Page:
Pressure Mounts For The US To Drop Charges Against Wikileaks Founder Julian Assange
In 2010, Wikileaks founder Julian Assange leaked 251,000 confidential cables from the US State Department disclosing corruption, diplomatic scandals and spy affairs on an international scale, now known as “Cable Gate”.
The US government launched a criminal investigation into WikiLeaks shortly after, ultimately forcing the Australian activist to seek asylum at the Ecuadorian Embassy in the UK in 2012. Their grip fastened in 2019 when he was arrested on a US warrant, and taken to a high-security British prison where he has remained for the last three and a half years in harsh conditions.
The US is looking to extradite him to face charges carrying a maximum sentence of 175 years over Cable Gate but with over twelve years passed, calls are mounting for the charges to be dropped, including from Australian PM Anthony Albanese.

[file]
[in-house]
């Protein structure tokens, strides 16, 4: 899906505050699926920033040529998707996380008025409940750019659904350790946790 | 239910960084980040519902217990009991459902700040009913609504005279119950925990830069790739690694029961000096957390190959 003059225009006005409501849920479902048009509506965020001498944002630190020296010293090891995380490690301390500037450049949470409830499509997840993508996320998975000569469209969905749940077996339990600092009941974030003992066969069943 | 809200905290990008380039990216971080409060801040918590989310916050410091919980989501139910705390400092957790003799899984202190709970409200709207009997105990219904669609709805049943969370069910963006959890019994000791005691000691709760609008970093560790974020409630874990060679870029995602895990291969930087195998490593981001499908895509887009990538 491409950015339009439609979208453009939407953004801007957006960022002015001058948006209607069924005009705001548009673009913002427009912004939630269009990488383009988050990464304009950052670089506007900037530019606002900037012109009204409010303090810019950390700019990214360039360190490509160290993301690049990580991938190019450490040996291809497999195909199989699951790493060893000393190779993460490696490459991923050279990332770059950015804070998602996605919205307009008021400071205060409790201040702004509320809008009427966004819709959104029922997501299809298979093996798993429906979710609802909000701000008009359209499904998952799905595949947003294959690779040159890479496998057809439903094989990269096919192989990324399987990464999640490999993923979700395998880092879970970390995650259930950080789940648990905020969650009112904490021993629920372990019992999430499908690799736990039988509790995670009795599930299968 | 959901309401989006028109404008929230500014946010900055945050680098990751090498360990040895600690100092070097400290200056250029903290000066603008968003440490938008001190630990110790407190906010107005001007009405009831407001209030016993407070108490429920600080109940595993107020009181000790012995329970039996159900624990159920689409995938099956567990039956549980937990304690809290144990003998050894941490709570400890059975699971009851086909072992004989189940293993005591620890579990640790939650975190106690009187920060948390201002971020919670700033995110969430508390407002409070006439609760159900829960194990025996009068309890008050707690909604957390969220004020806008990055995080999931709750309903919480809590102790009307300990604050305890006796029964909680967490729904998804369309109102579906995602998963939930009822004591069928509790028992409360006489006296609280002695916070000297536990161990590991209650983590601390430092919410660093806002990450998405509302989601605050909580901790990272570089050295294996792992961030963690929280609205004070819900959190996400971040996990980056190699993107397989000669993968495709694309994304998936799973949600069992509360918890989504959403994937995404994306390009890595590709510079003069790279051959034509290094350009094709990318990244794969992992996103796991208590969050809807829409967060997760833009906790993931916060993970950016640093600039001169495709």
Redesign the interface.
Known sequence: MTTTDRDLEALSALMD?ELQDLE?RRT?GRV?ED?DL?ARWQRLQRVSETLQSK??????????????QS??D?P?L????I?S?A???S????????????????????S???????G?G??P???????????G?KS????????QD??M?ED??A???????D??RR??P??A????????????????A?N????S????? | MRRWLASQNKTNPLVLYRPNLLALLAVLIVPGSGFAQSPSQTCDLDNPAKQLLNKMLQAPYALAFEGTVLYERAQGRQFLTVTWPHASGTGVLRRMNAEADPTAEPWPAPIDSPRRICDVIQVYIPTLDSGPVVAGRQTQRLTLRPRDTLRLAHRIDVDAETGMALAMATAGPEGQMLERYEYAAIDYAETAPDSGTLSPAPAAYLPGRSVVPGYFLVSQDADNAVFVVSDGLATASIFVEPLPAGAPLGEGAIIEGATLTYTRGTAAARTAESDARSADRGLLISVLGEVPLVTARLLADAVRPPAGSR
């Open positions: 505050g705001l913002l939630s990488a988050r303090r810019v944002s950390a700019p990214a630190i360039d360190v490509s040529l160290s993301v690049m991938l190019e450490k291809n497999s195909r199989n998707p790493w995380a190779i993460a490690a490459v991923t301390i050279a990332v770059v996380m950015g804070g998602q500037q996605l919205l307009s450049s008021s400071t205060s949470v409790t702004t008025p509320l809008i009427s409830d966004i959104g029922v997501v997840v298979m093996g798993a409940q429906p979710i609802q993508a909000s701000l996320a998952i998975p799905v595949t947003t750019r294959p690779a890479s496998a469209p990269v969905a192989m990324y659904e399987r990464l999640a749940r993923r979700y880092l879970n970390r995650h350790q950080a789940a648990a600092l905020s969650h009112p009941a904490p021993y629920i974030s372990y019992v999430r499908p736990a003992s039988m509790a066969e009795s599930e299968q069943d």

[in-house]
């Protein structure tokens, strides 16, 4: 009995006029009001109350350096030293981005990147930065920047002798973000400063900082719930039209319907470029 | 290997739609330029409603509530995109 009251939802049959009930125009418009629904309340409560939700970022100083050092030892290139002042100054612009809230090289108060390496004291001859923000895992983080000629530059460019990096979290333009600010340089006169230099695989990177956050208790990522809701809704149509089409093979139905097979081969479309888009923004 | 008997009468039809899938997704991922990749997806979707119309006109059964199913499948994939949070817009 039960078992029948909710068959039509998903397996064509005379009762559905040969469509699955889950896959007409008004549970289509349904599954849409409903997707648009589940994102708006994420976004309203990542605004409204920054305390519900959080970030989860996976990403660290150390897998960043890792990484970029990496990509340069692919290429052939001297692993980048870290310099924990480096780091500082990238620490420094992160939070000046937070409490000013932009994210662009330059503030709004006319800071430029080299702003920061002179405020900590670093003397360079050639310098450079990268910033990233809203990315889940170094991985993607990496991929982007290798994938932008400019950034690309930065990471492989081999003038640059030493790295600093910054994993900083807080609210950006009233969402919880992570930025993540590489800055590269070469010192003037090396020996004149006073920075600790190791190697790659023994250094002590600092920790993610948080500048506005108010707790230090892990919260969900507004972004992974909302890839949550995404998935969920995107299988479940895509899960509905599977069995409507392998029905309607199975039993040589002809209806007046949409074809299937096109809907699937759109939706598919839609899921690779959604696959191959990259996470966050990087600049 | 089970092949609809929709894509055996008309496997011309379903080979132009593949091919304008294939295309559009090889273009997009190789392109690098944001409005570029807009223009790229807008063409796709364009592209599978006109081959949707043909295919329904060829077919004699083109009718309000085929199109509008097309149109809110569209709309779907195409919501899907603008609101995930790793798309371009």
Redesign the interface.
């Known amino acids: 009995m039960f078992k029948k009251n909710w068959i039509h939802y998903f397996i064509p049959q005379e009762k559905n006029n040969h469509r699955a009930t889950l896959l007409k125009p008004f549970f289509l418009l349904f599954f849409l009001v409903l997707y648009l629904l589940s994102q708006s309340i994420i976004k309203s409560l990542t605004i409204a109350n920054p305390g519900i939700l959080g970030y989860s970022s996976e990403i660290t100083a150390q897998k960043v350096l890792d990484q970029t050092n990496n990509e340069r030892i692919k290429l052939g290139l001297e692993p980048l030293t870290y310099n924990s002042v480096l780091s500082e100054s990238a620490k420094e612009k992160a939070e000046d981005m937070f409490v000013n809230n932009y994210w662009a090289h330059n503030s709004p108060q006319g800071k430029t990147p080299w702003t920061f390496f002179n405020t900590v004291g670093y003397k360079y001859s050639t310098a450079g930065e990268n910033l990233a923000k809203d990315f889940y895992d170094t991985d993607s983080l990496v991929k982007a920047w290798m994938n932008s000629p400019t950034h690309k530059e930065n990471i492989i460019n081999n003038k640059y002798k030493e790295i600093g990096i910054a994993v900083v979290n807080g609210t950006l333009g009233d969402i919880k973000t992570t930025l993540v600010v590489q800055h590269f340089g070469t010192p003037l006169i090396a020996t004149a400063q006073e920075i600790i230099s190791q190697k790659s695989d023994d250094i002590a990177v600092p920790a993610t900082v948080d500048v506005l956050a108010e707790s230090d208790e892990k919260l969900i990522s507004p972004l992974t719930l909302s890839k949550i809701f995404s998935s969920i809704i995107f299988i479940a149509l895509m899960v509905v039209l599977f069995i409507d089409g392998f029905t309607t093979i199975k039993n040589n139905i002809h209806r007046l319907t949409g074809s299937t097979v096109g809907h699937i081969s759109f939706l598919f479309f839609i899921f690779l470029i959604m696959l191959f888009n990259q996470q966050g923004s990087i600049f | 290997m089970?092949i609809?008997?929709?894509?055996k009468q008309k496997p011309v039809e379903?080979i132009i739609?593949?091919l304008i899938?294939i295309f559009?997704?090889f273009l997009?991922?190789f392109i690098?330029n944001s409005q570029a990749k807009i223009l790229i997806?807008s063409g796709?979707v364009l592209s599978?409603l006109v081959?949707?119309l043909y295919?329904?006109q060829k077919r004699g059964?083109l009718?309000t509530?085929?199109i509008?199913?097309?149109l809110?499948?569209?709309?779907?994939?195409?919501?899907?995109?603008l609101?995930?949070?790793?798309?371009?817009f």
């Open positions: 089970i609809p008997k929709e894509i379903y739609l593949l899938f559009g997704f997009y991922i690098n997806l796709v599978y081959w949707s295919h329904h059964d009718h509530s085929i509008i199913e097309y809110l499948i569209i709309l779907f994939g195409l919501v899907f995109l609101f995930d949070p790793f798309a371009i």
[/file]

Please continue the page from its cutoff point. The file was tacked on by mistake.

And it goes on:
In this particular case, there is no timeline, but one would’ve expected that given the urgency of what the Prime Minister’s saying, is that this is a matter that could be resolved early this year.
Greg Barns SC, Senior Counsel and Adviser for the Australian Assange Campaign
Greg Barns SC joins us on today’s Briefing to tell us why Assange’s supporters hope he could be out in the first half of this year.